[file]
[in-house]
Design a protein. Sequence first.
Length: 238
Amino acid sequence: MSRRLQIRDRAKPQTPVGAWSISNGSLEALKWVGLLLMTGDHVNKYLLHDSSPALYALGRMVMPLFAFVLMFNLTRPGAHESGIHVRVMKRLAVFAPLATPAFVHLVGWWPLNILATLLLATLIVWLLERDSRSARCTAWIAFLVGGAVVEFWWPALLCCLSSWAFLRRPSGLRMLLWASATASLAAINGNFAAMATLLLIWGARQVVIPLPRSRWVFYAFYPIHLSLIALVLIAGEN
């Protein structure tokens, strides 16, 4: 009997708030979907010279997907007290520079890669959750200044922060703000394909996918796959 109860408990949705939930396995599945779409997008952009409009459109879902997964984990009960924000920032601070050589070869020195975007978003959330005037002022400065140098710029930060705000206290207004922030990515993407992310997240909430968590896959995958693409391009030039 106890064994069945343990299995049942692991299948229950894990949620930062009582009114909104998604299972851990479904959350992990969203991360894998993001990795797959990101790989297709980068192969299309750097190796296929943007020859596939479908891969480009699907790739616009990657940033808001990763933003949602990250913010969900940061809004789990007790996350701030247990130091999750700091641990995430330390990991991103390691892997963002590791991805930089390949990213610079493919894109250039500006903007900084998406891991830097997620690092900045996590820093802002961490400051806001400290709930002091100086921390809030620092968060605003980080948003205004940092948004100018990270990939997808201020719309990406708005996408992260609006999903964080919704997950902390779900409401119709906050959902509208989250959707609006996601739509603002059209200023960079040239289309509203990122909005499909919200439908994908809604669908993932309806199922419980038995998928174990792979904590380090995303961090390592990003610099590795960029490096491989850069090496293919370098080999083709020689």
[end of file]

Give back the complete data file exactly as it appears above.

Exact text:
[in-house]
Design a protein. Sequence first.
Length: 238
Amino acid sequence: MSRRLQIRDRAKPQTPVGAWSISNGSLEALKWVGLLLMTGDHVNKYLLHDSSPALYALGRMVMPLFAFVLMFNLTRPGAHESGIHVRVMKRLAVFAPLATPAFVHLVGWWPLNILATLLLATLIVWLLERDSRSARCTAWIAFLVGGAVVEFWWPALLCCLSSWAFLRRPSGLRMLLWASATASLAAINGNFAAMATLLLIWGARQVVIPLPRSRWVFYAFYPIHLSLIALVLIAGEN
């Protein structure tokens, strides 16, 4: 009997708030979907010279997907007290520079890669959750200044922060703000394909996918796959 109860408990949705939930396995599945779409997008952009409009459109879902997964984990009960924000920032601070050589070869020195975007978003959330005037002022400065140098710029930060705000206290207004922030990515993407992310997240909430968590896959995958693409391009030039 106890064994069945343990299995049942692991299948229950894990949620930062009582009114909104998604299972851990479904959350992990969203991360894998993001990795797959990101790989297709980068192969299309750097190796296929943007020859596939479908891969480009699907790739616009990657940033808001990763933003949602990250913010969900940061809004789990007790996350701030247990130091999750700091641990995430330390990991991103390691892997963002590791991805930089390949990213610079493919894109250039500006903007900084998406891991830097997620690092900045996590820093802002961490400051806001400290709930002091100086921390809030620092968060605003980080948003205004940092948004100018990270990939997808201020719309990406708005996408992260609006999903964080919704997950902390779900409401119709906050959902509208989250959707609006996601739509603002059209200023960079040239289309509203990122909005499909919200439908994908809604669908993932309806199922419980038995998928174990792979904590380090995303961090390592990003610099590795960029490096491989850069090496293919370098080999083709020689």